The shaken teacher got back on his bicycle seat and resumed peddling. He regained his previous speed and when he gasped for breath, the booming sound projected from his mouth with the ferocity of a megaphone. The flies, butterflies, moths, mosquitos, bees, wasps, crickets, birds, and bats blocked his way more insistently. Dense clouds of every flying beast imaginable inundated his path. They blocked the sun. He couldn’t see inches in front of his face. The teacher swerved last minute to avoid a jogger laying on the ground with his hands protecting his head. He wasn’t sure if these were Hitchcock’s Birds or Cinderella’s legion of helpers. He screamed, trying to yell, “What do you want?” The vibrating cloud of life saw their opportunity and flew in a single stream into the teacher’s mouth. As the critters turned inside him, something truly turned inside him. Instead of resisting the persistent rumblings of life, he straightened his back, pinched his shoulders, brought his eyes to the blinding sun, and opened his cavernous throat. He drank them down in a quenching stream because, while they were the creepy-crawlies of the land, they were also life. He saw that now. They were the castaways, the in-betweens which lived on death’s door. Those things which bumped in the night, churned in the soil, solicited shivers, procreated, laid eggs, and kept moving. They didn’t give a damn if their brother was flattened on a pristine window leaving grotesque guts. The teacher admired their resilience, their dedication to flying through the pain, to their single-mindedness.

He spun his legs in a blurred circle, moving faster and faster trying to swallow life itself. With the stream swallowed, he finally felt whole. With the power of all these lithe creatures, he himself became lighter. It started with his head. He had only happy thoughts. He felt a pure ecstasy he had never felt in his life. The hairs on his arms raised, pulling at his flesh. His toes and feet started to lift away from the bike. His stomach lurched upward in a reverse rollercoaster. Even his ears perked. His fingers grasped at the bike until they could no longer and were pulled away by his levity. The bike continued down the path until it lost momentum, twirled in a U-turn, and crashed to the ground.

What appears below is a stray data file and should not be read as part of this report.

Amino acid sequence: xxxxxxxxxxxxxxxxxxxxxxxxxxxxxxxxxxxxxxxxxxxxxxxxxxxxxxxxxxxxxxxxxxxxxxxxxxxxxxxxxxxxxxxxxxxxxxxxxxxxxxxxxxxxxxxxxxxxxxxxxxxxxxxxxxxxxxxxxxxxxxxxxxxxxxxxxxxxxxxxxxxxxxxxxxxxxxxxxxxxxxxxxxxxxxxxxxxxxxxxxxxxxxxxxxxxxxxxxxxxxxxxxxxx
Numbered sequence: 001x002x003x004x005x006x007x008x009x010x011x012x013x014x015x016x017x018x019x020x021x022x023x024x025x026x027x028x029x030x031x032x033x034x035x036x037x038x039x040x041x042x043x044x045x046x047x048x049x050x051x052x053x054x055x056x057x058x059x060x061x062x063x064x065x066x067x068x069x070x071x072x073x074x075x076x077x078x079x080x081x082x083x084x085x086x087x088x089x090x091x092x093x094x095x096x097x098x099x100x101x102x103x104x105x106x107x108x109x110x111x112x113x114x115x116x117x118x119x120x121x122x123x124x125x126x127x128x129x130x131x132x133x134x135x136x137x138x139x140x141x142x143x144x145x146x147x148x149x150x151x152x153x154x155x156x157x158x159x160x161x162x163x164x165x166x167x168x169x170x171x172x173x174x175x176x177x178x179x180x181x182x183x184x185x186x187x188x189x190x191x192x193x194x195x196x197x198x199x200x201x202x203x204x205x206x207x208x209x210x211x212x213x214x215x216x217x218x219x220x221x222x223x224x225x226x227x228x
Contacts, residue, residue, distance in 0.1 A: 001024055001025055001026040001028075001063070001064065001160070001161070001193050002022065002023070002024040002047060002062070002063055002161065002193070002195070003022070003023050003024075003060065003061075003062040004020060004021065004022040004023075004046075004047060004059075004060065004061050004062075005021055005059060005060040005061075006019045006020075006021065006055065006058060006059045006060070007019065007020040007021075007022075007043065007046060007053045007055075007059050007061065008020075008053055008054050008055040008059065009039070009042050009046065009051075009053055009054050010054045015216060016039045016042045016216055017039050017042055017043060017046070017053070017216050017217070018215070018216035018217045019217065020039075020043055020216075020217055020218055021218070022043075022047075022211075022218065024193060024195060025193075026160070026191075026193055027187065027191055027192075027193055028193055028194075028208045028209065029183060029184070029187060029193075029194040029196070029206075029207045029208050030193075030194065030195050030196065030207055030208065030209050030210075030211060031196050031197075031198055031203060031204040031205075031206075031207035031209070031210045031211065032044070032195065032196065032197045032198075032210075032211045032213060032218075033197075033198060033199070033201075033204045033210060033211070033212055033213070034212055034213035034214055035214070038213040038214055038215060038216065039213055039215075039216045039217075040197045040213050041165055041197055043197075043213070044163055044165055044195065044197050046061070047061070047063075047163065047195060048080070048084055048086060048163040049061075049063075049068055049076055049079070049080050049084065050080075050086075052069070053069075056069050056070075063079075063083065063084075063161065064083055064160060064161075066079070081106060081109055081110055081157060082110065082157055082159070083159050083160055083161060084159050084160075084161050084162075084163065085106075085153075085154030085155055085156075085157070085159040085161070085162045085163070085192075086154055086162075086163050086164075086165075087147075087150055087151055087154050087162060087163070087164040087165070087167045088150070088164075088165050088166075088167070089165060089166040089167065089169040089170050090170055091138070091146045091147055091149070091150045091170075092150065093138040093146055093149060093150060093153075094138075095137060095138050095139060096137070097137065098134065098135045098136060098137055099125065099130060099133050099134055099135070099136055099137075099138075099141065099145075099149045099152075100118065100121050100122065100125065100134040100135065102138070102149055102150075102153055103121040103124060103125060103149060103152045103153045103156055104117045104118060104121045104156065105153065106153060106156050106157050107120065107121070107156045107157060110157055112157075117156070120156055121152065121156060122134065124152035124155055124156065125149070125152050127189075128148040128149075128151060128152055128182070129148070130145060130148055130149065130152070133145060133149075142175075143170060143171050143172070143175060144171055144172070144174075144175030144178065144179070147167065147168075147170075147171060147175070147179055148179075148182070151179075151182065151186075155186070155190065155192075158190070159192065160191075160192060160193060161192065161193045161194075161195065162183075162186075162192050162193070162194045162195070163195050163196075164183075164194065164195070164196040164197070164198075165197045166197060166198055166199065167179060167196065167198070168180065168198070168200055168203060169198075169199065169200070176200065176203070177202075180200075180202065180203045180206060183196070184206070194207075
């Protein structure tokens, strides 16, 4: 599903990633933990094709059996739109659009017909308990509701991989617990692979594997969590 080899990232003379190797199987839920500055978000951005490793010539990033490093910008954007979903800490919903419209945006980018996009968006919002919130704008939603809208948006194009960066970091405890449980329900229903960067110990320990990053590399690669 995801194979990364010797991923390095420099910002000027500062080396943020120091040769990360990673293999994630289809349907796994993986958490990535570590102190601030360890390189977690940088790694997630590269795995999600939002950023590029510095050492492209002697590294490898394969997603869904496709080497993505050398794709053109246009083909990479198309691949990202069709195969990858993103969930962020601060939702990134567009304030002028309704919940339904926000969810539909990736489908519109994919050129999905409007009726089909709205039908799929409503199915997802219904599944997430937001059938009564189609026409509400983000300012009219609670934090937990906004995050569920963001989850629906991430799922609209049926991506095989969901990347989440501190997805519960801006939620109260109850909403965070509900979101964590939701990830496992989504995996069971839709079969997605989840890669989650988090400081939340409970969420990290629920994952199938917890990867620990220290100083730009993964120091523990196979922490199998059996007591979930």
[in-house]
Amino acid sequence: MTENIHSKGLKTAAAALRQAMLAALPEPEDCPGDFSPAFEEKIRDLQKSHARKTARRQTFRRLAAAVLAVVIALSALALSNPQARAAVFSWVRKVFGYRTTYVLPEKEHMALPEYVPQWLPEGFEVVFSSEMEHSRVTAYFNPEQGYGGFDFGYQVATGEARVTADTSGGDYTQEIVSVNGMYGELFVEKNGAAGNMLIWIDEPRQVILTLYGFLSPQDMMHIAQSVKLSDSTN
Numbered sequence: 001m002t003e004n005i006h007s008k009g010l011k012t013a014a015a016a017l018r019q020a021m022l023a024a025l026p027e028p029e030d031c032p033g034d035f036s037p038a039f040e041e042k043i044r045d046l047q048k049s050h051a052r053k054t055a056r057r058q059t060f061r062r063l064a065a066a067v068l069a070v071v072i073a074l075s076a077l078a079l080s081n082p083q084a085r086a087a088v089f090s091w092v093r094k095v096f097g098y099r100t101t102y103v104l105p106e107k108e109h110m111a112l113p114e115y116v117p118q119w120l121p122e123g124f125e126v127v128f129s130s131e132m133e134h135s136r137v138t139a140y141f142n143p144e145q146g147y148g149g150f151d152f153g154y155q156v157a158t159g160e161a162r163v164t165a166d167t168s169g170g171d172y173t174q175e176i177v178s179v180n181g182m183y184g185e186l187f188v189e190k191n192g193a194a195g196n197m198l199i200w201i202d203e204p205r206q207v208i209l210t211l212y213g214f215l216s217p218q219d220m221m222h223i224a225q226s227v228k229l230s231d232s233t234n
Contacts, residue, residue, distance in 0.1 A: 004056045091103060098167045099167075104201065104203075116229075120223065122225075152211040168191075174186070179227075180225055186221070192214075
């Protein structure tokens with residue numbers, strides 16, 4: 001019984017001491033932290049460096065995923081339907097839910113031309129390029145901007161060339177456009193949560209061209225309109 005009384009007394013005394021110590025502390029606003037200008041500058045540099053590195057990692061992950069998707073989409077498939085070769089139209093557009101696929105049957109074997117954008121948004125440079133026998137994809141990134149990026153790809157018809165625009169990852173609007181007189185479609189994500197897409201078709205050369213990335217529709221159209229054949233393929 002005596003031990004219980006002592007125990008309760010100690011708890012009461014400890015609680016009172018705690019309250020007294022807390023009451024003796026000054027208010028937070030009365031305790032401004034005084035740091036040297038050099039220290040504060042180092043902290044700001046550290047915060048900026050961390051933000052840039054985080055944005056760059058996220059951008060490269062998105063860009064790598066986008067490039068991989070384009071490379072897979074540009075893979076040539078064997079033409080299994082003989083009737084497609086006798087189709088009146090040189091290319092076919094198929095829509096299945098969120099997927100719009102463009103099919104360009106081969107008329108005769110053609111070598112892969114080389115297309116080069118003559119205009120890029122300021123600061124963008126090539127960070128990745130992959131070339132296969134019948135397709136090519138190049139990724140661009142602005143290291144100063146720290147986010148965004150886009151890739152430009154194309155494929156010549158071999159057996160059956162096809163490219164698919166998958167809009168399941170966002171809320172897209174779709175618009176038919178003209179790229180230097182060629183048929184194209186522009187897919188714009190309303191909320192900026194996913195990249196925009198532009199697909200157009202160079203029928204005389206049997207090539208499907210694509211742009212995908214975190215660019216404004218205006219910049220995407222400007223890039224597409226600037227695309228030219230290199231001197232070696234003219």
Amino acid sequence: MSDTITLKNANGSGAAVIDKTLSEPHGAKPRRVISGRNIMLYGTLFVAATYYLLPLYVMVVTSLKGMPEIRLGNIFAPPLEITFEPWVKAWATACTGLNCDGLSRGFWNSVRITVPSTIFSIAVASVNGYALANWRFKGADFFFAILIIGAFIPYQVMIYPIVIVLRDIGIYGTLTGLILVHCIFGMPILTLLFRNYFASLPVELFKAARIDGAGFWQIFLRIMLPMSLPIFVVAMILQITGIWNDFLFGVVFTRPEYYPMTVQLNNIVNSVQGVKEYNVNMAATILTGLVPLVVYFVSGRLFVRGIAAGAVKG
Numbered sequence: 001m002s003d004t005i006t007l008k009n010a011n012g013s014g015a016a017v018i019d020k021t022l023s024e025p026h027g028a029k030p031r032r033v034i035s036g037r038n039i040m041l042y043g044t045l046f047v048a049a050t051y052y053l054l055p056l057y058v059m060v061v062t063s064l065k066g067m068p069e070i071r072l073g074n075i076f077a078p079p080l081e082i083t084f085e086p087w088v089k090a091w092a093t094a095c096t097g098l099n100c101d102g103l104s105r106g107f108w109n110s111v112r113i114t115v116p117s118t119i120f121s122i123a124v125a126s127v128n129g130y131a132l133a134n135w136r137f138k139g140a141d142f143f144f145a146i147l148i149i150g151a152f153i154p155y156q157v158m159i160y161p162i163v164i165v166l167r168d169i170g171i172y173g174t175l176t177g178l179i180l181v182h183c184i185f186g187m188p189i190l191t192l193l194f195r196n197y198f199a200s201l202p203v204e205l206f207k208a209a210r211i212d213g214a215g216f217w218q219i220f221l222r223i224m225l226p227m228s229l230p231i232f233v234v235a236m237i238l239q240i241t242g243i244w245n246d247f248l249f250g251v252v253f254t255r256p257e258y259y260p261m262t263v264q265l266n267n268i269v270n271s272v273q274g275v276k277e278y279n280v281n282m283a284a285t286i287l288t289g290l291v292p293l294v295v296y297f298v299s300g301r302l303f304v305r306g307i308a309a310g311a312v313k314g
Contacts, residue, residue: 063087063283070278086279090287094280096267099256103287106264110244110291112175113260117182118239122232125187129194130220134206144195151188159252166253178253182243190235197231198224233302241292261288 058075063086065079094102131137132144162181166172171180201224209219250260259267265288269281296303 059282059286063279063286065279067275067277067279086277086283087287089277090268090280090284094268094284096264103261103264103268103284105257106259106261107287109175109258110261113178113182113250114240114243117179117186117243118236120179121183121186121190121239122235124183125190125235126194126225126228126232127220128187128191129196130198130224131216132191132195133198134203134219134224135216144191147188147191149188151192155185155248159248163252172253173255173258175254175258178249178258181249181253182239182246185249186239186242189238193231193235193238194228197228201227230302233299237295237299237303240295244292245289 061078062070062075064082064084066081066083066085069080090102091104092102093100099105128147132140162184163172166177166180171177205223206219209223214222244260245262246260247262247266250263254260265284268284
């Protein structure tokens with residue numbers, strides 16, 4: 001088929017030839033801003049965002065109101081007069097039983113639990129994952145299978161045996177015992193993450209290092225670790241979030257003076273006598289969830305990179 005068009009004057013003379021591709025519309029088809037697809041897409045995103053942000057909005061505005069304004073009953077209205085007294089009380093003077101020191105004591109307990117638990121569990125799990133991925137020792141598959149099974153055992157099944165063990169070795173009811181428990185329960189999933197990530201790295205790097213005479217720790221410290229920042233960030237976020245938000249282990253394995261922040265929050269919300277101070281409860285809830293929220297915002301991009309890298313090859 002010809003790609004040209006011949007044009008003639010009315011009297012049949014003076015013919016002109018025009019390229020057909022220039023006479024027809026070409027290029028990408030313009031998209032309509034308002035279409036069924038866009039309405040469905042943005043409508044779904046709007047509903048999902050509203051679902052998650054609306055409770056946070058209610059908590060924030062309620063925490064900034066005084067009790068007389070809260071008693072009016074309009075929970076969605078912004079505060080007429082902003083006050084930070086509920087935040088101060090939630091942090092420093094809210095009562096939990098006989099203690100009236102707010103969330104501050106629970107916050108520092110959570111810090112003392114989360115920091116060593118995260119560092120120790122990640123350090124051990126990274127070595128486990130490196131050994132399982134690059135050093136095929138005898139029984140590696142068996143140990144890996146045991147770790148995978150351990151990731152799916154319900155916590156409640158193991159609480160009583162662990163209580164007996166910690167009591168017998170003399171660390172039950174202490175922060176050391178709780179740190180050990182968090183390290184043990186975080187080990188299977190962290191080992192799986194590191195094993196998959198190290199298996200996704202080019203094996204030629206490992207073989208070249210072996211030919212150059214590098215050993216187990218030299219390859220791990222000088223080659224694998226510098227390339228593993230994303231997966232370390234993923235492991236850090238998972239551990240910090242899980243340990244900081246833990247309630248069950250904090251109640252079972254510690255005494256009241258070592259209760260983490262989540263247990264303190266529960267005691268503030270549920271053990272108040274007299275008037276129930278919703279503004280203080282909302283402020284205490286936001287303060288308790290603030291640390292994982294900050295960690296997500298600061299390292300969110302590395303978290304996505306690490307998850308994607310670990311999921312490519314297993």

The teacher closed his eyes, sure this was a dream. He blinked hard. He opened his eyes to the soaring skyline. Life was too short to second-guess because that poisonous self-doubt would settle in his heart and pump through his veins. If a kindhearted boy could be unceremoniously plucked from the earth, why couldn’t he be raised above it? He thought that the same magic that took could also give if one stopped asking why. He swerved in and out of rooftops of squat buildings with kiddie pools in backyards, skimmed the waterfront creating massive waves, and for good measure, zipped low over the awestruck, gaping Latino boy-puppy convoy. The boy pulled the sunglasses down for the impressed puppy king to catch a glance. The nonplussed pup barked hysterically for the first time in his life.

The teacher rocketed parallel to thousand-foot skyscrapers, blasted through the cloud line, and narrowly avoided a commercial airliner before joining a streaking air show. His clattering insides eclipsed the rumbling row of the jets. These flying men, nostalgic for WWI Red Baron dog fights, corrupted themselves in their desire for speed. For them, flying was a means to an end: the jet carried the pilot who deployed the bomb which destroyed the city. In their superficial pursuit of blameless, distant carnage, these flying men would always find themselves slowed. The cruelty of man-made flight could never outstrip organic flight. The conditioned fighter pilots stared wide-eyed and blinkless as the teacher broke the sound barrier leaving them in his penumbra cone of unfathomable speed.

He looped, barrel rolled, stopped on a dime, zig-zagged, and blasted directly toward the sun. The people shaded their eyes, squinting at this single dot, until it faded and faded into a euphoric nothingness. He paused for a moment and considered the Earth that he had departed. The cityscape was portioned into green plots, run through by miniature toy-like cars, bordered by a winking cerulean lake. The objects blurred, so he summarized their broad strokes into pasteled swaths of colors and textures. He knew that when he descended, everything would come back into focus. He’d eventually return to the enlarged sharp edges and weighty malaise below the clouds where gravity was the strongest—to the wretch-inducing scents, the frigid rains, the hysterical crying, the random violence, the senselessness, the purposelessness, the meandering of his existence. But until then, the Chicago founders were under the boy he loved so dearly who was under the landfill which was under the hill which was under the tracks which was under the bike path which was under the puppy. He was on top of it all.